Rev matching is a technique that is used by all racing and performance drivers when they drive manual cars at high speeds. There are many benefits to using rev matching, however, it can be quite difficult to master.
The 5 steps to perfect rev matching are:
- Clutch use
- Throttle blipping
- Changing gear
Rev matching sounds like it can be a difficult skill to learn. However, it simply takes a lot of practice! There aren’t many steps involved in rev matching, so it is easy to remember what you need to do. Rev matching is the first step to learning how to heel and toe like a pro racing driver.
How A Gearbox Works
Let’s say that we have a manual gearbox with five gears. Each gear has an effective operating range of speeds. So, for example, first gear is used for 0 mph all the way through to 20 mph, second gear is 20 mph through to 40 mph etc. Each gear operates between 1000 rpm and 8000 rpm
As you accelerate, the engine rotates faster to the point where you need to change gears. Each gear has a range of optimum efficiency, which is known as the power band. The power band is where the fastest acceleration happens through your rev ranges.
Each gear has a different range in its powerband. For example, the power band in first gear might be 1500 rpm to 3000 rpm, then the second gear power band might be 2000 rpm to 3500 rpm and so on. This is why different gears are best used for certain corners, and all are different.
Racing drivers try to stay within this power band when on track in order to keep their car running at its optimum speed. When it comes to rev matching, they use this power band within the gear ratios to find the perfect point in which they can get the fastest acceleration in a gear.
Why Should You Use Rev Matching?
Rev matching is an effective way to downshift gears in a car. This is especially useful on a track, when you need optimum acceleration. Rev matching can also take some stress off of your clutch, as it will be doing less work in matching your engine speed to the wheels.
Moreover, when rev matching, there will be a much smoother weight transfer when cornering. If you simply change gear and let your foot off your clutch, the car can lurch forward unexpectedly, and that sudden forward movement whilst braking or cornering can completely upset the balance of the car and you will have a tough time controlling that.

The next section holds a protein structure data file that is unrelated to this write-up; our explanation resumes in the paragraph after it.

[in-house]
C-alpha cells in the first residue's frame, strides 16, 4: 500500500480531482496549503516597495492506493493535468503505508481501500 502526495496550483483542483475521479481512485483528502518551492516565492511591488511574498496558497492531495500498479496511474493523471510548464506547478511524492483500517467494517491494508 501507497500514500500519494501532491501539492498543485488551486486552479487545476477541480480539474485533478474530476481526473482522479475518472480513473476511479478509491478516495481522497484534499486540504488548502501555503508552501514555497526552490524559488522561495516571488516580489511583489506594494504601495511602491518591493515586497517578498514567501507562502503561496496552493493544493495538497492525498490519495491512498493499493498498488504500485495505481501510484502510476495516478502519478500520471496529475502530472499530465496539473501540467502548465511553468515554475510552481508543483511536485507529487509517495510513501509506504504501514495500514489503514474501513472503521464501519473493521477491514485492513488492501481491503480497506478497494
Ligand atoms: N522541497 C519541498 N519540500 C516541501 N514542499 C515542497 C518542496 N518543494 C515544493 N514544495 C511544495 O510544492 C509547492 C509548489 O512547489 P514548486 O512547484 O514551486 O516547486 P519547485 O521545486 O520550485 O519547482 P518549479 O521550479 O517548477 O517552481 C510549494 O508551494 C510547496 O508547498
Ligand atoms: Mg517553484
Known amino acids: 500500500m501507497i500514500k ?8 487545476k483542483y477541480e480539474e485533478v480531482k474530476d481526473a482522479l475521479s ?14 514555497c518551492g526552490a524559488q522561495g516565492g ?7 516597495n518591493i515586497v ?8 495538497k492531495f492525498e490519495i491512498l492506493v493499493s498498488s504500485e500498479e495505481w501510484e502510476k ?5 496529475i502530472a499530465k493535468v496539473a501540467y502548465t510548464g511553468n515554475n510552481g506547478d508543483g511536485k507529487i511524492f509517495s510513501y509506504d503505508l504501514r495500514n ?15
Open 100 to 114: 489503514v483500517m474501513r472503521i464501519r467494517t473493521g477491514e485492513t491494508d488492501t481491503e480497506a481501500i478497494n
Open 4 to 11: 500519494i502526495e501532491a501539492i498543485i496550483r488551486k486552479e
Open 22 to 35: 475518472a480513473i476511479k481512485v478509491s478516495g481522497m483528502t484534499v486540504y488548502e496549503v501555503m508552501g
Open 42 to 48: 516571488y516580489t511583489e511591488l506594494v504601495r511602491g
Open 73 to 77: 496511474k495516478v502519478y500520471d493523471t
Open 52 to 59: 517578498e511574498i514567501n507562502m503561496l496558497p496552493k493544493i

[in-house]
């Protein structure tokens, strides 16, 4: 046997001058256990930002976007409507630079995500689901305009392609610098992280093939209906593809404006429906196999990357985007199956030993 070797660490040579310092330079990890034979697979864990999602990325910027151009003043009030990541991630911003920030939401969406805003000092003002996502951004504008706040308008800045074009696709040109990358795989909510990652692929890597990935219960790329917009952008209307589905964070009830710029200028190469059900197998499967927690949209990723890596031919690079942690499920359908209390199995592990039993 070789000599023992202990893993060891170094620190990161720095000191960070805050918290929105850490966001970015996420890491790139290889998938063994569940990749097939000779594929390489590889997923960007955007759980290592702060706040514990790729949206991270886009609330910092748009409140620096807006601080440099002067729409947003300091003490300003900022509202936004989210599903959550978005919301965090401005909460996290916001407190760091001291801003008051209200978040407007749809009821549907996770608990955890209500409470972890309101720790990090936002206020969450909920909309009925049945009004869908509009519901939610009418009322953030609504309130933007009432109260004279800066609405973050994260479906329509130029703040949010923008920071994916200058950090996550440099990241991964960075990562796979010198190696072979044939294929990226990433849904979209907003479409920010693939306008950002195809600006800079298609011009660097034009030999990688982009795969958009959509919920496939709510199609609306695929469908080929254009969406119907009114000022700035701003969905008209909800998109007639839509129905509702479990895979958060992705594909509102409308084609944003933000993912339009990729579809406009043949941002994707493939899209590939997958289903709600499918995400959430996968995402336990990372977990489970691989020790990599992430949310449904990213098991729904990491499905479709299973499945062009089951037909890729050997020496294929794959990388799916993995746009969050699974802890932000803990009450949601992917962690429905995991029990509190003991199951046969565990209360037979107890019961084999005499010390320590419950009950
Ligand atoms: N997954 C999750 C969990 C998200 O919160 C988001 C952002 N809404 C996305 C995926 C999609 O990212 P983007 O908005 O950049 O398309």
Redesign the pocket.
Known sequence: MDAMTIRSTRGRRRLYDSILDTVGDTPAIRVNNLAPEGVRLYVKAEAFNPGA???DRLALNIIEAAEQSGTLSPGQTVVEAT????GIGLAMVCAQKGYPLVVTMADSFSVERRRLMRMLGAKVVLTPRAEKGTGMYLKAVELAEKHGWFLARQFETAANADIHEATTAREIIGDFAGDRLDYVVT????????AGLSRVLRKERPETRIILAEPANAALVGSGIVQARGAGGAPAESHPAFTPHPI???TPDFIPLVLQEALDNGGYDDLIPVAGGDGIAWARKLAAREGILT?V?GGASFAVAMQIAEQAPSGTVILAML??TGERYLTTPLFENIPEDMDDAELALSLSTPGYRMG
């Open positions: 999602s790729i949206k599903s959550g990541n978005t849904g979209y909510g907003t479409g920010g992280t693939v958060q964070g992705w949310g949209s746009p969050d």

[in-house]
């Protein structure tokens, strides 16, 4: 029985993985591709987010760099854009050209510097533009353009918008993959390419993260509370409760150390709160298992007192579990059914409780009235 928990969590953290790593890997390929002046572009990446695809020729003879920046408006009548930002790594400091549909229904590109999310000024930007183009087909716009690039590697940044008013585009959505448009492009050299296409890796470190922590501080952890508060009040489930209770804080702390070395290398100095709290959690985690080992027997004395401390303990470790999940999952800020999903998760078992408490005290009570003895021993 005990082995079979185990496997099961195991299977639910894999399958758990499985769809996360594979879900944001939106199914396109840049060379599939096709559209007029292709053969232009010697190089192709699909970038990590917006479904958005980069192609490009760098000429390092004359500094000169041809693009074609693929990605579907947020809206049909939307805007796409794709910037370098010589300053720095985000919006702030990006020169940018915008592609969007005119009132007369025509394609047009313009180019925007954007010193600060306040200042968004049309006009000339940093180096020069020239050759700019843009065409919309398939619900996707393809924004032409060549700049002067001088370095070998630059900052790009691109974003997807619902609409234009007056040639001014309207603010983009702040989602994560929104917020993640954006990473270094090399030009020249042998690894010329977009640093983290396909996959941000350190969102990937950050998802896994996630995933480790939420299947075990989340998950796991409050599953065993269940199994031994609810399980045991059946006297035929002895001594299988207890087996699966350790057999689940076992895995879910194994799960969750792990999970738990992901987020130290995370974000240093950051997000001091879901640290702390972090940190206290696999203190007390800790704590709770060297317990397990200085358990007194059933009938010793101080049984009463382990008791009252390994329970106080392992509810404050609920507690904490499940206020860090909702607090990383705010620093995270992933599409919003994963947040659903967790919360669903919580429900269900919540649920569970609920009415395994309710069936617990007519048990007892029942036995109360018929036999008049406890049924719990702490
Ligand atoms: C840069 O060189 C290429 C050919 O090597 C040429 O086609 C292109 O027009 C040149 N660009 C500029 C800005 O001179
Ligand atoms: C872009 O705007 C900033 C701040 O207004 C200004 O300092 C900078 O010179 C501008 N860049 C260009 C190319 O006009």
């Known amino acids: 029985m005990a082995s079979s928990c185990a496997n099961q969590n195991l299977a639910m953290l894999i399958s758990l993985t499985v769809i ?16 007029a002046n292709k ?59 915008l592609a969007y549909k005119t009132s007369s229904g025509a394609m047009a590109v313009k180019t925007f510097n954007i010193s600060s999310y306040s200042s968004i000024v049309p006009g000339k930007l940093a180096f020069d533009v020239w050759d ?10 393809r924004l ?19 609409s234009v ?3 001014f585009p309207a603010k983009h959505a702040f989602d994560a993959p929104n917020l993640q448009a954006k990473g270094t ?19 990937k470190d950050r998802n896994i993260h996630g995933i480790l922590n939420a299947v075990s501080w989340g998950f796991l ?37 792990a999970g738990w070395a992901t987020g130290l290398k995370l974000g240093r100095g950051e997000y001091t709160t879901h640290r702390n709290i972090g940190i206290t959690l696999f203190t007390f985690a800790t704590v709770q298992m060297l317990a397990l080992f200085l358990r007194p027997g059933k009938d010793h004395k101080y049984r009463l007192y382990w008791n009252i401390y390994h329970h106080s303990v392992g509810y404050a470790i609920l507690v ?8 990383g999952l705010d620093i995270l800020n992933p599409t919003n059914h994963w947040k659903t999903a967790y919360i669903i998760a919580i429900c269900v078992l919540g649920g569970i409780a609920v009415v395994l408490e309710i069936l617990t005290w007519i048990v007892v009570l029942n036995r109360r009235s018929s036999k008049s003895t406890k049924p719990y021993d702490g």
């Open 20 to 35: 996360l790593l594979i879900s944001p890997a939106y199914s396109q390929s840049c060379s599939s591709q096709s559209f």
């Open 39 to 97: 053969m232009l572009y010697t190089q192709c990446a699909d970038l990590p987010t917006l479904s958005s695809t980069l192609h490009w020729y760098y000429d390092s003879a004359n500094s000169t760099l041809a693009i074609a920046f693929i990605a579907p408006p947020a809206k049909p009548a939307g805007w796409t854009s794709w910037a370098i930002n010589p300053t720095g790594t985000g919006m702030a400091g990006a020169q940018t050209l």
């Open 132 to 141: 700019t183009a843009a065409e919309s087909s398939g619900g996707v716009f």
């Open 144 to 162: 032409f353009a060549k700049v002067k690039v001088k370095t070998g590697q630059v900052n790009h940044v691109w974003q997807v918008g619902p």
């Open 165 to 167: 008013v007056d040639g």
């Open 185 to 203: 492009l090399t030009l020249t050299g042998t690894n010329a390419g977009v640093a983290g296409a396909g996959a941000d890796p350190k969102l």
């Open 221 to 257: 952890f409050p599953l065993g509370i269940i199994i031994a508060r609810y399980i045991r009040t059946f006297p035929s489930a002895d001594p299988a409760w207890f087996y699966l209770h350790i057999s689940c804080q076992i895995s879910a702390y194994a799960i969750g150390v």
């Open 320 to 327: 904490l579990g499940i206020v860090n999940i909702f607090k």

Rev matching can also help your drivetrain to manage better. In some extreme cases, downshifting without rev matching can lead to your rear wheels locking up. This is because your clutch is working overtime trying to match up the speeds, and it is simply not designed to do that.
Finally, rev matching will also help to prevent engine braking. In some cases, engine braking can be useful, but most of the time it puts too much stress on the engine, clutch, drivetrain and gearbox. Rev matching can help to take that element away from downshifts and slowing down your car.
Rev matching is a technique which should become second nature if you want to drive a car quickly. It takes some practice to get right, but once you get the hang of it, it becomes somewhat of a habit, like learning how to drive a manual car.
How Does Rev Matching Work?
Rev matching is used in downshifts. When you are on track and going into a corner, you want to be in the gear that will give you the fastest acceleration out of the exit of the corner. This gear needs to be engaged before you reach the corner, as changing gears during a corner will upset the balance of the car.
Rev matching works by matching the engine speed (rpms) to the speed that the wheels will be turning when the clutch is released. This takes a step away from the work that the clutch needs to do.
You need to ‘blip’ the throttle in order to bring the revs up to match the engine speed to the gear you are selecting. Blipping the throttle is simply opening the throttle a little bit in order to bring the revs up higher. So, in terms of rev matching in a car, the driver would press down the throttle slightly and very quickly lift off again.